Measles has been in the news recently thanks to outbreaks in Washington state, New York, Japan, and other countries around the world. But what exactly is measles, and are these outbreaks a big deal? Measles is a disease that causes a rash and a high fever. According to the CDC, approximately 0.2%, or 1 out of 500 people who contract the virus eventually die from it’s effects.
While the measles virus is mostly found in the developing world due to lower vaccination rates, outbreaks are beginning to occur in the western world at an increasing rate. The MMR vaccine (Measles, Mumps, Rubella) is the most common form of inoculation against the measles virus. As more and more parents refuse to vaccinate their children ranging from religious concerns to the ludicrous idea vaccines cause autism, more and more measles outbreaks are occurring. Before the vaccine was introduced in 1963, measles killed millions of people around the world, while cases in the US were in the hundreds of thousands per year. By the 1980s, measles cases in the US had dropped to the thousands, and in 2000 the virus was considered eliminated in the US by the CDC thanks to the US’s high MMR vaccination rate.
The US’s high vaccination rate would eventually begin to drop as a 1998 medical paper falsely linked autism with the MMR vaccine. While the paper has since been redacted and the lead doctor has lost his medical license, many parents still don’t vaccinate their children due to the concern that vaccines cause autism. Since 2000, there has been increased outbreaks of measles, especially in communities with low vaccination rates. In 2014, Amish communities in Ohio had a large outbreak of around 383 cases. This past fall, New York experienced a large outbreak of at least 225 people, and the ongoing case in Vancouver, WA is somewhere above 50 people. Most of these outbreaks can be traced to people traveling to other countries where measles is still not uncommon, and coming back without realizing they’re sick. Of course most if not all of these outbreaks could have been avoided if the infected people had been vaccinated or the people they were in contact with after returning to the US were vaccinated as well.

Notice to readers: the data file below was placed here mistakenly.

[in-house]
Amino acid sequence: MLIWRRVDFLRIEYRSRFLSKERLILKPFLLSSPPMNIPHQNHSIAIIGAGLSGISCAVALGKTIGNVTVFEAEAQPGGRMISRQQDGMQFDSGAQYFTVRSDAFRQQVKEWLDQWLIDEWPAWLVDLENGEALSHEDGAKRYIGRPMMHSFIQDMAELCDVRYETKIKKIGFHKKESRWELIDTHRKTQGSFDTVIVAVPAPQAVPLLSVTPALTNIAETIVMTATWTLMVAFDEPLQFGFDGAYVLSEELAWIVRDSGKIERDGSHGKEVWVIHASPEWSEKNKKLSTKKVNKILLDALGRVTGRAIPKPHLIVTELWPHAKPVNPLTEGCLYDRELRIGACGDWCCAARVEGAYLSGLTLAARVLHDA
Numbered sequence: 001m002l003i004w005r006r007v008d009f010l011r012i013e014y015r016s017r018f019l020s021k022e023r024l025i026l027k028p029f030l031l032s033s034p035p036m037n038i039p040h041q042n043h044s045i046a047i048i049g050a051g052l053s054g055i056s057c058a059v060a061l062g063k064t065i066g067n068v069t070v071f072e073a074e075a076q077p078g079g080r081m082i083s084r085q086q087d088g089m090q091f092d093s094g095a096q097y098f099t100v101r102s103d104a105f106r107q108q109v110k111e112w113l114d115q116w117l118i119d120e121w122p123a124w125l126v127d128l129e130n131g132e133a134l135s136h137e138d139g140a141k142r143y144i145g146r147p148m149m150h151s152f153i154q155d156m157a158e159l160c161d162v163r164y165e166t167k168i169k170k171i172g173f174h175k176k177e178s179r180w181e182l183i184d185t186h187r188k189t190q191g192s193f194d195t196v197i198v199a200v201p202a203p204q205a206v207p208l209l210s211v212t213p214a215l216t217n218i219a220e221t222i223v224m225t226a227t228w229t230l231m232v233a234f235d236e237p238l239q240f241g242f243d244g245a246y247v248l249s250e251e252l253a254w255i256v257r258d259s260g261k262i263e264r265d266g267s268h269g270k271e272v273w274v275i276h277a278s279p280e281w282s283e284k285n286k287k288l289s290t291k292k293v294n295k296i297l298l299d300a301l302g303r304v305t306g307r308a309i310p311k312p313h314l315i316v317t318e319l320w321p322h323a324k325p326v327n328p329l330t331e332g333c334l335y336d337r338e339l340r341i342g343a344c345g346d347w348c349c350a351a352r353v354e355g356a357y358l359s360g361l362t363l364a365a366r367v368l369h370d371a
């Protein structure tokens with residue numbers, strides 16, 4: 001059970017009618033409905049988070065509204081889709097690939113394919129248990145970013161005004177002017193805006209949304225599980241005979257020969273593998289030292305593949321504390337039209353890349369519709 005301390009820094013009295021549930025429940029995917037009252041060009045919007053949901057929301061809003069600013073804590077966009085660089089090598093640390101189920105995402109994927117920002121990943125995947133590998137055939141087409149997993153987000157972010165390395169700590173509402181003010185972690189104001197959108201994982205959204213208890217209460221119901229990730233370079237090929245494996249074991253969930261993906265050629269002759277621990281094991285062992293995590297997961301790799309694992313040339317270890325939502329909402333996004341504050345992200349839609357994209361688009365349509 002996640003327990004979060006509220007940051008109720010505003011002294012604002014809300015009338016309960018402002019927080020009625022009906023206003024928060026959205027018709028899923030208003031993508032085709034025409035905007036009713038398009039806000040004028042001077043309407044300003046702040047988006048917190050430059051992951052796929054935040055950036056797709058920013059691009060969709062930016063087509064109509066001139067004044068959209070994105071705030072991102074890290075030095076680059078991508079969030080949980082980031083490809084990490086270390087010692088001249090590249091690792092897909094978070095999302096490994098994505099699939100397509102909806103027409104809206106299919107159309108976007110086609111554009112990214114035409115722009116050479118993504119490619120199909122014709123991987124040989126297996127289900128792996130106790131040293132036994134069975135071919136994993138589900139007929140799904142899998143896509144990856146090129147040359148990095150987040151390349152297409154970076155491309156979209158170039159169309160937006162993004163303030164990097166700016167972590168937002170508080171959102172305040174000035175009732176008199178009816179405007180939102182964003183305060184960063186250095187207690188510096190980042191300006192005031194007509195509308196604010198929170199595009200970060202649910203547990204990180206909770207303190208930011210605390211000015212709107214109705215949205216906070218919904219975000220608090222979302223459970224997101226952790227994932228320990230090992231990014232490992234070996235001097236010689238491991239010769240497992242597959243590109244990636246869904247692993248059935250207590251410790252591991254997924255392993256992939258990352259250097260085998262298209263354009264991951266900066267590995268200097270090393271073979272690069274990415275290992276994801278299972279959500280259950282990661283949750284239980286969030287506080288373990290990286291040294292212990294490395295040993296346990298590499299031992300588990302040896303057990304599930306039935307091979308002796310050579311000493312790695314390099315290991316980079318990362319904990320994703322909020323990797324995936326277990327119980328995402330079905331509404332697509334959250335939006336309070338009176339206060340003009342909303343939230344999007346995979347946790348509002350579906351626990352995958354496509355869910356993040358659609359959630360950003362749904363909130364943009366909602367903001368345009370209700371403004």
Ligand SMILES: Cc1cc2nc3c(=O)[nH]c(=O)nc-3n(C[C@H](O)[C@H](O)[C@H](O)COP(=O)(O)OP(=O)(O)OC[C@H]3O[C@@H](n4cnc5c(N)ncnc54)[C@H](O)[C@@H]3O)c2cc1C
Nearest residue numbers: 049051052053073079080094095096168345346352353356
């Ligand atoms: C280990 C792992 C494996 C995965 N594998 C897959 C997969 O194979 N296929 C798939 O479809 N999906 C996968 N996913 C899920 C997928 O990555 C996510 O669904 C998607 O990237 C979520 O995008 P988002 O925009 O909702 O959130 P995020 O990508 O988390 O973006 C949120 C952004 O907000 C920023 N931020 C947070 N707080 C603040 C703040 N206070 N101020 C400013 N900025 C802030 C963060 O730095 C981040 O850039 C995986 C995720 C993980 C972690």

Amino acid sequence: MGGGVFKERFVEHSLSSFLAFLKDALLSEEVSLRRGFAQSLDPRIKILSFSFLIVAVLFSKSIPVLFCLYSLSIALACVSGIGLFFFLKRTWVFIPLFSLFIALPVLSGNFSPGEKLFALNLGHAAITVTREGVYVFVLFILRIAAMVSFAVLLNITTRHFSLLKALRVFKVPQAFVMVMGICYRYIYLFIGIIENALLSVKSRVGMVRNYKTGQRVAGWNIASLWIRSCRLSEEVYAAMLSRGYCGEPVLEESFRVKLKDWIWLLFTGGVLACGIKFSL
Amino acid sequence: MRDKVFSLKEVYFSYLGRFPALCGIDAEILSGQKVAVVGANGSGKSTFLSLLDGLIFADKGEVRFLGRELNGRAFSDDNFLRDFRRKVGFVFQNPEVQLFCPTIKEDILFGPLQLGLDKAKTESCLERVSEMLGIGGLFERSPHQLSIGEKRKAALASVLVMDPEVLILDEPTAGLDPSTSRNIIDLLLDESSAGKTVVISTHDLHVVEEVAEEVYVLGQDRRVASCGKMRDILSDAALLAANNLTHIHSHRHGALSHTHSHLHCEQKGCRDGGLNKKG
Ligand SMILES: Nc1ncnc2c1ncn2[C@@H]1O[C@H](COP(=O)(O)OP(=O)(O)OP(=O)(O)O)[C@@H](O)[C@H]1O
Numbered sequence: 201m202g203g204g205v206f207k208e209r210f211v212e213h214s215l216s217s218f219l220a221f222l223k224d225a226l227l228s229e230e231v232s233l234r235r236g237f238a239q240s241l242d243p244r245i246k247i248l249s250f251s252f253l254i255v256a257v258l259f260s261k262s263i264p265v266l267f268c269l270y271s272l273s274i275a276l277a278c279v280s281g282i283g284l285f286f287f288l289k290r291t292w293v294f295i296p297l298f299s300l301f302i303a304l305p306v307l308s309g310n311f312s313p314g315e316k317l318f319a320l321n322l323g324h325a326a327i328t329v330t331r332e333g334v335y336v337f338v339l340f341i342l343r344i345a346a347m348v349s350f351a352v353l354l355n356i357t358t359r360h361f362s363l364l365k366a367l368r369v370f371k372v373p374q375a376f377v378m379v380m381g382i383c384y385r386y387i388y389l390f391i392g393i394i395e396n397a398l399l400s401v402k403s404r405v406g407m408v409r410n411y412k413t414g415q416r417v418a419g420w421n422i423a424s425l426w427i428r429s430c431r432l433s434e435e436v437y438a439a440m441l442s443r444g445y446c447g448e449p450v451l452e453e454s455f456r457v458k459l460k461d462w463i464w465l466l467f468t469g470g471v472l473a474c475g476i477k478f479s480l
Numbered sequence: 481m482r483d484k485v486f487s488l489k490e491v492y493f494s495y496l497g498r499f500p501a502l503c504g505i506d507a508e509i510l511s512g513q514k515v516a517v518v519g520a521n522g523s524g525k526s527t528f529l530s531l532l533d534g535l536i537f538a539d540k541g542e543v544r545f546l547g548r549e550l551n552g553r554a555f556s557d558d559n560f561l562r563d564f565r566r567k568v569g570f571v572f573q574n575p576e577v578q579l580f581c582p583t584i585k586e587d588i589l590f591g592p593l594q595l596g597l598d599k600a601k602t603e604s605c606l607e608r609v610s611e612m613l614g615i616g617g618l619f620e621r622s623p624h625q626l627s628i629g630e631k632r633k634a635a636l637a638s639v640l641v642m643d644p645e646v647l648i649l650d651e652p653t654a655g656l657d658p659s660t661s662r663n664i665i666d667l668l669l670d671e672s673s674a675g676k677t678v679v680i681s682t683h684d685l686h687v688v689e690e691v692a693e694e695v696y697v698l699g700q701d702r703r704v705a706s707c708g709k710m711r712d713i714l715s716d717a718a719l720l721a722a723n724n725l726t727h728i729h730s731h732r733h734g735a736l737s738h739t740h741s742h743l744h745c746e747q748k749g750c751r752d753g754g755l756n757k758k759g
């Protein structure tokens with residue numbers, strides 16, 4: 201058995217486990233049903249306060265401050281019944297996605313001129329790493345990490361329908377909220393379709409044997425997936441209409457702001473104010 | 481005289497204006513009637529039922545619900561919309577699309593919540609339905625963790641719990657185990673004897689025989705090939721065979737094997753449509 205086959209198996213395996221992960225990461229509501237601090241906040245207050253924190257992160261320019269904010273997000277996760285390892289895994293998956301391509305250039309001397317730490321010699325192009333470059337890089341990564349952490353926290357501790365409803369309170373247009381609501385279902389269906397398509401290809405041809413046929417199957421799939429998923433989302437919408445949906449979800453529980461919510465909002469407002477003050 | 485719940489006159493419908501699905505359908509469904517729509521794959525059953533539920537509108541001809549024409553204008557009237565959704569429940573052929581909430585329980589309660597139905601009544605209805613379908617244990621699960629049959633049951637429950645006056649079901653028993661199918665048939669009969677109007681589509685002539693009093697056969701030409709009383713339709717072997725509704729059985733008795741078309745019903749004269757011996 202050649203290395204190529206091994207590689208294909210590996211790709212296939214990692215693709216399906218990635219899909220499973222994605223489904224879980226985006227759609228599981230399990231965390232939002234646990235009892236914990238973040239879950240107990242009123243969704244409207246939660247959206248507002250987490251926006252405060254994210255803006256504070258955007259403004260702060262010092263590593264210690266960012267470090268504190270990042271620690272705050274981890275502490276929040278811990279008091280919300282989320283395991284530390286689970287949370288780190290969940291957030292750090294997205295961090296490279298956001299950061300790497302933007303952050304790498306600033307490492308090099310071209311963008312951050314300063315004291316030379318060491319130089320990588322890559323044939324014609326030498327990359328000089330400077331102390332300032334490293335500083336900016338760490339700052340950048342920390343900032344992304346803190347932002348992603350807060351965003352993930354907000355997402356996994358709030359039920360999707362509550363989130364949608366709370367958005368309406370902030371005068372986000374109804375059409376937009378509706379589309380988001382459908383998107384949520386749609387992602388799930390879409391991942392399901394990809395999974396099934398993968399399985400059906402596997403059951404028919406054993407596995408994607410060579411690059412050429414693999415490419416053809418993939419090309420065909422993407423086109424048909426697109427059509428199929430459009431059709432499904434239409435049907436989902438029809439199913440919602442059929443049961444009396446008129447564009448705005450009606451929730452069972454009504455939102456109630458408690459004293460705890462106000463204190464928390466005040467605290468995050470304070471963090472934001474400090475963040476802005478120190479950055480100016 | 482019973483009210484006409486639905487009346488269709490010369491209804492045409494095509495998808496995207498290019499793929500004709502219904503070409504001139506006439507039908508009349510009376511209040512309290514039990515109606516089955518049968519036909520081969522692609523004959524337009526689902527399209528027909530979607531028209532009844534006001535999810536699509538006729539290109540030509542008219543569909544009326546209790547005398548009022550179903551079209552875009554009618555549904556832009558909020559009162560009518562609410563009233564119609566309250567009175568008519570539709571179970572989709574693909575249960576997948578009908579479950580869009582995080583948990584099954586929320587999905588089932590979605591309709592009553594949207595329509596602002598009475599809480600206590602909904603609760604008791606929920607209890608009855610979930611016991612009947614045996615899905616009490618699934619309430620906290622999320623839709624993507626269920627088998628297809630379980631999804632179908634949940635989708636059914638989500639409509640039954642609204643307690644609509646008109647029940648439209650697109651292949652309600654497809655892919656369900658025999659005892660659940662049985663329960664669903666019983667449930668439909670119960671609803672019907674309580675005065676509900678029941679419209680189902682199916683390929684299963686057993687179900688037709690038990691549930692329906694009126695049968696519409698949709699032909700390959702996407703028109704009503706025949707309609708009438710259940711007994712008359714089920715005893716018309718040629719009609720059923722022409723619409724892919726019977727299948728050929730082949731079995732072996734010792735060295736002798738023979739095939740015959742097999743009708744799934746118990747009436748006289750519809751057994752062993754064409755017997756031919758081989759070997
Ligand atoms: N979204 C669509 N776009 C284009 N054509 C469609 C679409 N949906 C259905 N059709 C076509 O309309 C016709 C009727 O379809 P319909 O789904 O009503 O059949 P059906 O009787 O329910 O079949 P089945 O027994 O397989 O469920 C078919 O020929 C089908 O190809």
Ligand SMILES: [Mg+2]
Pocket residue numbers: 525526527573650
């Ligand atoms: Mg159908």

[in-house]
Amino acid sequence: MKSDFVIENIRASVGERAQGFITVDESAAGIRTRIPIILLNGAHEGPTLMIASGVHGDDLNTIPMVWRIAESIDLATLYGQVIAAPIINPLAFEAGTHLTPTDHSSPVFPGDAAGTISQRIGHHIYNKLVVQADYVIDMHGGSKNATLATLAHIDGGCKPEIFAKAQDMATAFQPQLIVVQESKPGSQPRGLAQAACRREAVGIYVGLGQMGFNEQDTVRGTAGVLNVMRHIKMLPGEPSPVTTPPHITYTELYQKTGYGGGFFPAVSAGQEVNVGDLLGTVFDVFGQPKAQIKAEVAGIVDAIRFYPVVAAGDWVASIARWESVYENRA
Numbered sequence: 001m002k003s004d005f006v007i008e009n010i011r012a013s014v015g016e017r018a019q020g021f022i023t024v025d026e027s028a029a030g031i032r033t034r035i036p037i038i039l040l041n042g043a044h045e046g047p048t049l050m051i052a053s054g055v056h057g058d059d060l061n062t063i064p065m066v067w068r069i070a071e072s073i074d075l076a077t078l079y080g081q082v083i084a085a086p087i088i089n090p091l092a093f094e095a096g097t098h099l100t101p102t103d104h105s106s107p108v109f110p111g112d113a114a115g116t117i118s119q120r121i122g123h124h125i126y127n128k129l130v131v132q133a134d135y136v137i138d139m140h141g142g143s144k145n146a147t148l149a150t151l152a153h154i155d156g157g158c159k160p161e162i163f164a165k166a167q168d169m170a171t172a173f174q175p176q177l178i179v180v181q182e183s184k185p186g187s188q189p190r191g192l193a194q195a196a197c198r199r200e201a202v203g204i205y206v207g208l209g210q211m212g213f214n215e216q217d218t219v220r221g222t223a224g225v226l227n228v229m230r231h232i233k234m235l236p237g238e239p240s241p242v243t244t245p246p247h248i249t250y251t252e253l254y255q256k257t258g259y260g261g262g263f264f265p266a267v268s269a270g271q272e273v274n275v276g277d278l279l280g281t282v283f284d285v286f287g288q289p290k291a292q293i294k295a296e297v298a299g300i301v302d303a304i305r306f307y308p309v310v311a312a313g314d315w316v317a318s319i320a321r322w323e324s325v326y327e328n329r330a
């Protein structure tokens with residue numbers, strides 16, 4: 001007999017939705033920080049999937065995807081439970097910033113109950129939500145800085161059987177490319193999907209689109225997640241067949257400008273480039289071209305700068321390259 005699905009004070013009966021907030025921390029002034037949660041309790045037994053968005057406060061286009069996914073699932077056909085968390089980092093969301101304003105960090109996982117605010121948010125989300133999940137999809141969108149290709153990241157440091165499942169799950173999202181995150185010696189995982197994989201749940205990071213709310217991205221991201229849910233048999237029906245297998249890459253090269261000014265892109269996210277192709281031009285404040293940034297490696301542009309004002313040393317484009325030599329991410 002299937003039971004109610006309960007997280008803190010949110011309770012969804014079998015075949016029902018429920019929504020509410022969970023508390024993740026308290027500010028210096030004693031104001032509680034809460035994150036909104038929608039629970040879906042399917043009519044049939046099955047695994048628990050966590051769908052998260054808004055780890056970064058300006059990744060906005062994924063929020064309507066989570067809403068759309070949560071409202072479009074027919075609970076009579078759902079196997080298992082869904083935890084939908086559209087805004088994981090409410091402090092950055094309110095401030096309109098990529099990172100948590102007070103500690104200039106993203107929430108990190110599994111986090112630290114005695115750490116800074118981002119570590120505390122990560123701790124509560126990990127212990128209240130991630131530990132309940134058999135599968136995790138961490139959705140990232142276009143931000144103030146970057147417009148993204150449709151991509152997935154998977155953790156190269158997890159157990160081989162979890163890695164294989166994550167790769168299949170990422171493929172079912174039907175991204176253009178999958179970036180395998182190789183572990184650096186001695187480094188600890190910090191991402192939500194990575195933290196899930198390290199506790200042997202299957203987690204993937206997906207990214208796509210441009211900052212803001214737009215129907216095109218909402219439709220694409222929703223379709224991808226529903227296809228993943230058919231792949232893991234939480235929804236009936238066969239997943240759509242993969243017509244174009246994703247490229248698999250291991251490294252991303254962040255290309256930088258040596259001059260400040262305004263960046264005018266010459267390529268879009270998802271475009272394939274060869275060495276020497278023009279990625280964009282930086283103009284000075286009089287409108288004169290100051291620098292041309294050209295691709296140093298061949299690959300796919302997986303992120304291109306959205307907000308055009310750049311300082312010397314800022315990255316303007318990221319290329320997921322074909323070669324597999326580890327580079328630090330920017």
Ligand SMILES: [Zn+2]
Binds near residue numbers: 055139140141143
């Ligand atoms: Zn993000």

So what are the chances that an outbreak will occur here in Colorado, or even in the Mines community? A study from the CDC found Colorado had the second lowest MMR vaccination rate of kindergarteners out of every state and Washington DC. A large reason is due to Colorado’s philosophical exemption policy, which allows for vaccine exemptions for just about any reason. This philosophical or personal exemption also applies to the Mines Campus, along
with the usual medical and religious exemptions that nearly every other state has. That being said, the school does reserve the right to quarantine or exclude any unvaccinated students in the event of a measles outbreak.
Measles outbreaks are becoming more and more common as parents refuse to vaccinate their children. If you have not received your MMR vaccine, the student health center provides this service for an additional fee.
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